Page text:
How our small business wrestled excellent care from the jaws of the astonishingly absurd health care system. Part 2: The battle for better health care.
Having been to the edge of health care despairia after a mad scramble in the wake of canceled care and landing in a terrible plan as a result, we were determined to 1) find a better plan and 2) take the time to get it right. We gave ourselves six months to go all-in on research to identify our health care insurance options, winnow these options down to finalists, then pick a winning (and hopefully much improved) plan.
That journey is outlined here for multiple reasons:
- It’s a good illustration of the importance we place on health at Culture Foundry.
- It could be a useful resource for other small companies looking to provide the same.
- There are a lot of opinions flying around right now about “choice” in health care; having made a choice for an entire team, we have some front-line perspective to share.
We invested a tremendous amount of time and money in this process, with the aim of improving our health care coverage package significantly. Why?
- It’s scary out there. Health care markets, already unstable, are now in the middle of a chaotic battle. Public plans are targeted. Private coverage is also getting affected. Investing in a plan that provides some buffer from that anxiety makes us a better place to work.
- We believe that health is priority 1. And 2, 3 and maybe 4. And not just when we have a cold. A healthy team is a happy team is a productive team.
- Because we can. As we evolve, we develop the means to invest in areas we couldn’t previously. This was our next priority.
- In keeping with the above, we’ve always paid 100% of the health insurance premium share for our employees, and wanted to continue to do so with the new plan.
By the numbers
Number of health insurance plans we investigated
Number of plans that made it to the finals
Number of times the “winning” plan failed its real-world coverage test and turned out to not be the winning plan after all
Months this process took
Layers of intermediaries involved in picking a plan
That last point—5 layers of intermediaries—is one factor that made this process particularly time-consuming. Establishing the economic mechanism for a patient to see a doctor required the following intermediaries to get involved and strike a deal about how that would go down:
- The patient’s employer (Culture Foundry), working with several:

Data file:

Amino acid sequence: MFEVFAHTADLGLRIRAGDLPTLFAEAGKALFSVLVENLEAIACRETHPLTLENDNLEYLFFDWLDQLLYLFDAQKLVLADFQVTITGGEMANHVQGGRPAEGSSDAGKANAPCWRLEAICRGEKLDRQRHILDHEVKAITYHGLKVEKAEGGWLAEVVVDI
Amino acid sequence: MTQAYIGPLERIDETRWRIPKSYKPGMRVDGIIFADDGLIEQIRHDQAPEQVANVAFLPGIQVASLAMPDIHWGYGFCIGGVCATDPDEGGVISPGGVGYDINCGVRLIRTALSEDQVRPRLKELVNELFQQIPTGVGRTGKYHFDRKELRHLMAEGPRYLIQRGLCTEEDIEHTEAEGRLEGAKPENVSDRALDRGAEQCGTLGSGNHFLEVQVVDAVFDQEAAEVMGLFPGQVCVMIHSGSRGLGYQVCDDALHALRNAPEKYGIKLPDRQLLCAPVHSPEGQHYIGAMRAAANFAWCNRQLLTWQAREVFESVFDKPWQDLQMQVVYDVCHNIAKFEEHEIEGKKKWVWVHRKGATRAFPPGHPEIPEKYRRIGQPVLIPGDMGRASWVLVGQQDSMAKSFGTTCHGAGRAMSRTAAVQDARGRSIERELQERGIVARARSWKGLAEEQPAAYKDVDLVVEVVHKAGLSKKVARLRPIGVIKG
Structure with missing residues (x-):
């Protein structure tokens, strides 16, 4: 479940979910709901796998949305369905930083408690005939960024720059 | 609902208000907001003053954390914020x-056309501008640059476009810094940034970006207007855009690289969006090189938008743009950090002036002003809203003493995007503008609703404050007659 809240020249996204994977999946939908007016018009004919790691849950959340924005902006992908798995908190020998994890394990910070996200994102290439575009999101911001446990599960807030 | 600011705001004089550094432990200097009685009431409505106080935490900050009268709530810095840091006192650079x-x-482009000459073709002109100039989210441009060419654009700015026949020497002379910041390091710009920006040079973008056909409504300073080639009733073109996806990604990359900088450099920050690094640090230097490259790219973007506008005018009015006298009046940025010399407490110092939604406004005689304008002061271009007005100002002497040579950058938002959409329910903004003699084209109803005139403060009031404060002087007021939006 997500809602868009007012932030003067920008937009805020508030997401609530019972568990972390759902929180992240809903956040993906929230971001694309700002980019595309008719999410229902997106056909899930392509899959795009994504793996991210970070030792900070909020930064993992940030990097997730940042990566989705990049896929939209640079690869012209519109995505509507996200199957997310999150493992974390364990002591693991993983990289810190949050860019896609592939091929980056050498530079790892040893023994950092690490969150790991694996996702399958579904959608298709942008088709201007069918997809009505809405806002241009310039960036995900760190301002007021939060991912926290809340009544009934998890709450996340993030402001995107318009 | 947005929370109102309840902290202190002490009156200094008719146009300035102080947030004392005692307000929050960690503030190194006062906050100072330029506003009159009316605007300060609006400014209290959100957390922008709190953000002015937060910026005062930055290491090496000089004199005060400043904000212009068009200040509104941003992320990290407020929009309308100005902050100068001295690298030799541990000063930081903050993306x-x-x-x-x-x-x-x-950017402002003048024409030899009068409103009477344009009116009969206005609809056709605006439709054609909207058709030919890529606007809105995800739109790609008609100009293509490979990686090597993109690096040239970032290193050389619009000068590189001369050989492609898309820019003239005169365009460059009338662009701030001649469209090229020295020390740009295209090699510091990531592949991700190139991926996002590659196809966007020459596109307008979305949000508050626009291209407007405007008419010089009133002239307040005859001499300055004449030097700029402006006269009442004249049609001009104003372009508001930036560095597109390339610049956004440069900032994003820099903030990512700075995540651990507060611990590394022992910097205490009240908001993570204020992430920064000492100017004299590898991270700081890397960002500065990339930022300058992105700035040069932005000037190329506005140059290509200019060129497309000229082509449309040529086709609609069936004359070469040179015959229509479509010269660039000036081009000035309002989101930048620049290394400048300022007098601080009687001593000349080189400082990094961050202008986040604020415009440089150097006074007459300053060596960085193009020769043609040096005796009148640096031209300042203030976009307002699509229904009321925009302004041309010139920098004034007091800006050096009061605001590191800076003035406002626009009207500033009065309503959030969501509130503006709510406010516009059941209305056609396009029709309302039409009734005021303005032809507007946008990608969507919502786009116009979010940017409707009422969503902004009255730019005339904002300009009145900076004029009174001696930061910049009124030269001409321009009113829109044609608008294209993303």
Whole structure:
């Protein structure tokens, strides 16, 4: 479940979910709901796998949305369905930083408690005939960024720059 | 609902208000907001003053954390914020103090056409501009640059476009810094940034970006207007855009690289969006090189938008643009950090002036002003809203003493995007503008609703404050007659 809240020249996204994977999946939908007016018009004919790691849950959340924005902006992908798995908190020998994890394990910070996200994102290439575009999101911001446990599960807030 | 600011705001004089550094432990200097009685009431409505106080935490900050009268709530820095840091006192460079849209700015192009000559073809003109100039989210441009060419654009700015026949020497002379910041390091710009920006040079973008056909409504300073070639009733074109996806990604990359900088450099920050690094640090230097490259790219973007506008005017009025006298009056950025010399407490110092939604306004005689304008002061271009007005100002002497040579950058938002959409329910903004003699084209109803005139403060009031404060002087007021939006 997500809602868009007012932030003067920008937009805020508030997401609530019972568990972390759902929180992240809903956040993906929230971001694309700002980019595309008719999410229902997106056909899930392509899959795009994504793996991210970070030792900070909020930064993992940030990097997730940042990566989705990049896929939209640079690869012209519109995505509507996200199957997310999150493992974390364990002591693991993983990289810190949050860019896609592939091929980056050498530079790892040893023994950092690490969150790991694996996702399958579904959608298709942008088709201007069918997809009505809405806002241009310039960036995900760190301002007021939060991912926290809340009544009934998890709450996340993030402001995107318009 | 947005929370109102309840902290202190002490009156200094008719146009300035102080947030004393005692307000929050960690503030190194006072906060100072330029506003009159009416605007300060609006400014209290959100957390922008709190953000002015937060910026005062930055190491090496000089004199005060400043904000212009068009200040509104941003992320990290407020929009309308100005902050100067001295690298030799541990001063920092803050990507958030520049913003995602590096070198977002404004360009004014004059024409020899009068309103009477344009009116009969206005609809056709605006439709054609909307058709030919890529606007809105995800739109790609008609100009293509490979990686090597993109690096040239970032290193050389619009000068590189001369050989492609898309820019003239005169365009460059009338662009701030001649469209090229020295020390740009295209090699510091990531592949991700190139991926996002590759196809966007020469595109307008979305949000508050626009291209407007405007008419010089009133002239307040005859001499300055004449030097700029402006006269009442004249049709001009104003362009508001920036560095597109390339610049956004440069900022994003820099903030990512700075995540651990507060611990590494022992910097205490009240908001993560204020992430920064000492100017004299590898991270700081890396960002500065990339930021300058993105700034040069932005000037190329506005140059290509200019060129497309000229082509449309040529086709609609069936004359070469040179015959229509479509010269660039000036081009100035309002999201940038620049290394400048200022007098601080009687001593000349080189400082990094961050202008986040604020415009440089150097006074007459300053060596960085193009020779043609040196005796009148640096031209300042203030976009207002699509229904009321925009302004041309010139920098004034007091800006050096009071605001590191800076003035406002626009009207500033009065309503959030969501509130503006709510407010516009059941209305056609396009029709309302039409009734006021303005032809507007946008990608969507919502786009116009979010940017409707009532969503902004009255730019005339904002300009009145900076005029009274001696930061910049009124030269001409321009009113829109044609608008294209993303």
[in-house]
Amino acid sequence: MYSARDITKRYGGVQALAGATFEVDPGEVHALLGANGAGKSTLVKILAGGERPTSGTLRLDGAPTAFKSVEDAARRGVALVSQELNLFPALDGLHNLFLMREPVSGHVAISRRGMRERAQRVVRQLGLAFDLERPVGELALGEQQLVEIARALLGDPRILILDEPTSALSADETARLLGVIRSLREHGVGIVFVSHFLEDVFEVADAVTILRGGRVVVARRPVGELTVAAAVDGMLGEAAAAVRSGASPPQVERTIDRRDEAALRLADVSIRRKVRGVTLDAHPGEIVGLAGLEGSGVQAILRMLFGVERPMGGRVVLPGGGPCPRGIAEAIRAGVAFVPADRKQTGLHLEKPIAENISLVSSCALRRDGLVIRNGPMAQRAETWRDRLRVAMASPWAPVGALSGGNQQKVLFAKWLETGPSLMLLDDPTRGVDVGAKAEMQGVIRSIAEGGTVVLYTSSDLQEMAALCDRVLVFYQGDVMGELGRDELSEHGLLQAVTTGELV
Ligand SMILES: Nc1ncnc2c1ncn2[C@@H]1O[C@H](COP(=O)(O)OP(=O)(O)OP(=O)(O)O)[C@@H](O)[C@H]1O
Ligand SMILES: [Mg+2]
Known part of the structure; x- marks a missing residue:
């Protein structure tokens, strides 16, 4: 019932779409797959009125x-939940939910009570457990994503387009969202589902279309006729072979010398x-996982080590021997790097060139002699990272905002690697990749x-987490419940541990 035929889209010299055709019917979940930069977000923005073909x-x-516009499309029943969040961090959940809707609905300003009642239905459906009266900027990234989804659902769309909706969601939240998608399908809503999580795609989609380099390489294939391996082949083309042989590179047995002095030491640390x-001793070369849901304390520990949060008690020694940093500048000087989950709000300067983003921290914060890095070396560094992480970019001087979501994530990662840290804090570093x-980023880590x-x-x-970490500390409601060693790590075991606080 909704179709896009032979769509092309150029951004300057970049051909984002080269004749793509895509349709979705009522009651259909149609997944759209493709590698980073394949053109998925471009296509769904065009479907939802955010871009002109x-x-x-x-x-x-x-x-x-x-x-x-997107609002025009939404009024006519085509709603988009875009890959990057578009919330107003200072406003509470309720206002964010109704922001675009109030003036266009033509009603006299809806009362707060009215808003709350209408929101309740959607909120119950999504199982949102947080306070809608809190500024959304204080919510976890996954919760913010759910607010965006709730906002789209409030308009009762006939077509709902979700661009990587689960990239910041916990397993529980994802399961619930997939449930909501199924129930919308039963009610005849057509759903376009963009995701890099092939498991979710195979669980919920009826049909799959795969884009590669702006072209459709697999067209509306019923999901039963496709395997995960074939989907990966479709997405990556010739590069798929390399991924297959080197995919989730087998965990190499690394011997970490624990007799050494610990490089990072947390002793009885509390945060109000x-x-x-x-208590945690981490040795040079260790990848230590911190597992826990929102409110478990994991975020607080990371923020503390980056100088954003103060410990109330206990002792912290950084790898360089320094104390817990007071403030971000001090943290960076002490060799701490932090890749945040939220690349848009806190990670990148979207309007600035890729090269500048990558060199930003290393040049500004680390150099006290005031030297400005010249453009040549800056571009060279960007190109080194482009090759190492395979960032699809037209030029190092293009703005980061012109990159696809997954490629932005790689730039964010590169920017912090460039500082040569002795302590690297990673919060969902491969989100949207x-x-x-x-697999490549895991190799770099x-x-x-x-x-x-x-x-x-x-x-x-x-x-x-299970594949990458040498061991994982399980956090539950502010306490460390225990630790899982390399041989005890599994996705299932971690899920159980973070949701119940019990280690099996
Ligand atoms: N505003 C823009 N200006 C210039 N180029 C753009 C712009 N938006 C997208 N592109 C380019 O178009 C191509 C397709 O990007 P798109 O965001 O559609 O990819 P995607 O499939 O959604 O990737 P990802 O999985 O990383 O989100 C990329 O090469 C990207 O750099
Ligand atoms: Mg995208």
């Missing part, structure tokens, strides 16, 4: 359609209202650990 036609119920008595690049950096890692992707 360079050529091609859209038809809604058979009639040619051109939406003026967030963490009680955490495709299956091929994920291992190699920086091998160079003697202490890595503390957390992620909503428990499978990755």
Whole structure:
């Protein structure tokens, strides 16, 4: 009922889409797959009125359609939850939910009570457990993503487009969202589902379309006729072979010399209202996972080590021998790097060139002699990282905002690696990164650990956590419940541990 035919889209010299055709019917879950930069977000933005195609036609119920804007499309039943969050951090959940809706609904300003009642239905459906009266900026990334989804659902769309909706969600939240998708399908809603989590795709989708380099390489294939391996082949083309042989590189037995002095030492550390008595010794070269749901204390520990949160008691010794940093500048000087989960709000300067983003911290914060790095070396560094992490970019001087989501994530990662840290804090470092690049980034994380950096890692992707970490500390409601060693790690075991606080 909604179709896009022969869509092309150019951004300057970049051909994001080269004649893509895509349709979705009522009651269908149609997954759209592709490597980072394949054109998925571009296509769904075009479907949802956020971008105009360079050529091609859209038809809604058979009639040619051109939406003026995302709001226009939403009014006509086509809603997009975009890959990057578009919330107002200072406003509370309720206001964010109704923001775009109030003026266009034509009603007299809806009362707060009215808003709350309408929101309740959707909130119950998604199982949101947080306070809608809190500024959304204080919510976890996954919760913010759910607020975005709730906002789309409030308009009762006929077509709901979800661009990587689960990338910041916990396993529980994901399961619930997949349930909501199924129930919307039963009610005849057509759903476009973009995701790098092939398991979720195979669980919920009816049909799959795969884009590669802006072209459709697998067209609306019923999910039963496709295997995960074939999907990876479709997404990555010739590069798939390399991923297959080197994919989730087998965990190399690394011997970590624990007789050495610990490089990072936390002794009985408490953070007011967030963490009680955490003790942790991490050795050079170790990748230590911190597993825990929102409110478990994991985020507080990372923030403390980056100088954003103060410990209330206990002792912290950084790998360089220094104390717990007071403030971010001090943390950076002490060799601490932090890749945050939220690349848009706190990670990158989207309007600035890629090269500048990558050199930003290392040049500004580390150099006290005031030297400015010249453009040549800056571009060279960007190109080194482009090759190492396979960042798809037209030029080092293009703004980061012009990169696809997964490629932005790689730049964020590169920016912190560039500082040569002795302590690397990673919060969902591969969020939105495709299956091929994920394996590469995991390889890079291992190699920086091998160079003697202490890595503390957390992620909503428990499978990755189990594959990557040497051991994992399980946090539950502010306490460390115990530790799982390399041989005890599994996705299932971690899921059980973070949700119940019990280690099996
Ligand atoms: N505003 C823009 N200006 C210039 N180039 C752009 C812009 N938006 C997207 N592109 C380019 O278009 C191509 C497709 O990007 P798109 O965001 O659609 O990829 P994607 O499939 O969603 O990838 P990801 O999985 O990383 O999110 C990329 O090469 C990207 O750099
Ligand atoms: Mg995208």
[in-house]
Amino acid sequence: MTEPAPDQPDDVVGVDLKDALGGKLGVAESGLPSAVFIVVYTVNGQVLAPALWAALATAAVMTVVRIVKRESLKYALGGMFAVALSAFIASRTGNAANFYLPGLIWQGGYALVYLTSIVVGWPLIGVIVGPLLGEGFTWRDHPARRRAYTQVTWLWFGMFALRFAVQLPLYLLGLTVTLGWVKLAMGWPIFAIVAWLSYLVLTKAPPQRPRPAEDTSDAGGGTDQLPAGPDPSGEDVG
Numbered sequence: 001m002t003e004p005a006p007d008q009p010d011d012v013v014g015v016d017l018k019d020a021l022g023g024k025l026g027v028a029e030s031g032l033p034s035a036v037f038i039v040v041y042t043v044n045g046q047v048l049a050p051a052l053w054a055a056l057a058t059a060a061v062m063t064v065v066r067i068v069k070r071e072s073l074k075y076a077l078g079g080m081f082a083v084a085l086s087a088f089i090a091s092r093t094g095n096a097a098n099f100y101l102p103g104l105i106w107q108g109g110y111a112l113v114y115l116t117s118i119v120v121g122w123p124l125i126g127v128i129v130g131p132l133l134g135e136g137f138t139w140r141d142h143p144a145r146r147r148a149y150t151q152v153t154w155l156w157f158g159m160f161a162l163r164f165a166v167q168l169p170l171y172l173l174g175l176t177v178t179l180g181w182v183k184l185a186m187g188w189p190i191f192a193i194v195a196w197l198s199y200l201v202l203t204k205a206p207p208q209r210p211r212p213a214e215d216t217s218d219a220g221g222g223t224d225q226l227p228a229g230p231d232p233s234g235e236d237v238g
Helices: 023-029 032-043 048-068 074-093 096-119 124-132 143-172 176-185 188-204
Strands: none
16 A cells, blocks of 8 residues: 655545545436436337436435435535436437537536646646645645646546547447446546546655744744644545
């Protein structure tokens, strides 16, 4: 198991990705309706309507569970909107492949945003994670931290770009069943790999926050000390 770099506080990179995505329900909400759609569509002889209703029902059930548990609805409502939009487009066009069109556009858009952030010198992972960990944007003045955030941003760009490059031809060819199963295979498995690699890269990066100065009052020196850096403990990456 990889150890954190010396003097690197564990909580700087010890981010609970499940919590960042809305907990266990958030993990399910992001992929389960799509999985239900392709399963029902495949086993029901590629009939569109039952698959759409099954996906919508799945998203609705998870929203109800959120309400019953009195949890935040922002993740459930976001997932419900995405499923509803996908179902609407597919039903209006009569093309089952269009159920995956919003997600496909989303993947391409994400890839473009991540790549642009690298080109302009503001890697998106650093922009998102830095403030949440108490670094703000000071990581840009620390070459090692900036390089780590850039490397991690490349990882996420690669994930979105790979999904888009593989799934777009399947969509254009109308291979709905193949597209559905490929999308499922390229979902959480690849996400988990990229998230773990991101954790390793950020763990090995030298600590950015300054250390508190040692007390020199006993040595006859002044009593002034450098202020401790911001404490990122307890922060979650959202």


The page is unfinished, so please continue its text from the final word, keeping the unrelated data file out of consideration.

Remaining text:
- Health insurance brokers, working with several:
- Professional associations, providing insurance as a member benefit through:
- Health insurance providers, offering multiple plans that cover several:
- Medical groups (but not all of them)
Our relatively small size (10 people at the time) meant we had some additional challenges. The first was to find a health insurance broker focused on the small business space. We had been a very small fish in the eyes of our previous broker, which quickly became obvious when we made noise about failures of care under our previous plan. The second was that going through the additional layer of a professional association was all but required.
While we had multiple brokers present multiple options through multiple professional associations, it was still on us to delve into the details and verify these plans against the real-world needs of our team. Having been stung once, we dug deep at every level.
What we learned
Health insurance companies fall into two categories: the “blues” and the “bewares”
The “blues” refers to Blue Cross / Blue Shield, which isn’t a company so much as a licensing organization. Its franchisees are independent, vary widely and together insure about 100 million Americans. While many are for-profit entities, the key detail is that they all draw from nonprofit DNA: Blue Cross / Blue Shield has been around in some form since 1929, but didn’t allow for-profit franchisees until 1994.
In the other category are companies like UnitedHealthcare and Aetna. These companies have for-profit DNA at their core. They claim that as more entrepreneurial companies they can drive innovation in health care, but in our experience (both as a company and as individuals covered under prior companies) they direct most of their innovation toward their own bottom line. So yeah, beware.
One key “tell” when evaluating companies in either category is executive compensation, which we view as a good indication of the company’s value system and, more precisely, how many of our health care insurance dollars will likely be routed to profit rather than care. CEO compensation is readily discoverable and was one of the measures we used when comparing providers.
Prescription coverage requires equal diligence
Filling a prescription is typically a more frequent occurrence than visiting a doctor, but evaluation of prescription plans can get short shrift as they’re assumed to be “just included” with the primary plan. Don’t assume. Some of the biggest “gotchas” with our previous plan leapt out of prescription coverage failures, a problem exacerbated by the fact that the insurance provider and prescription provider were separate entities, setting the stage for the “infinite runaround” when things went wrong.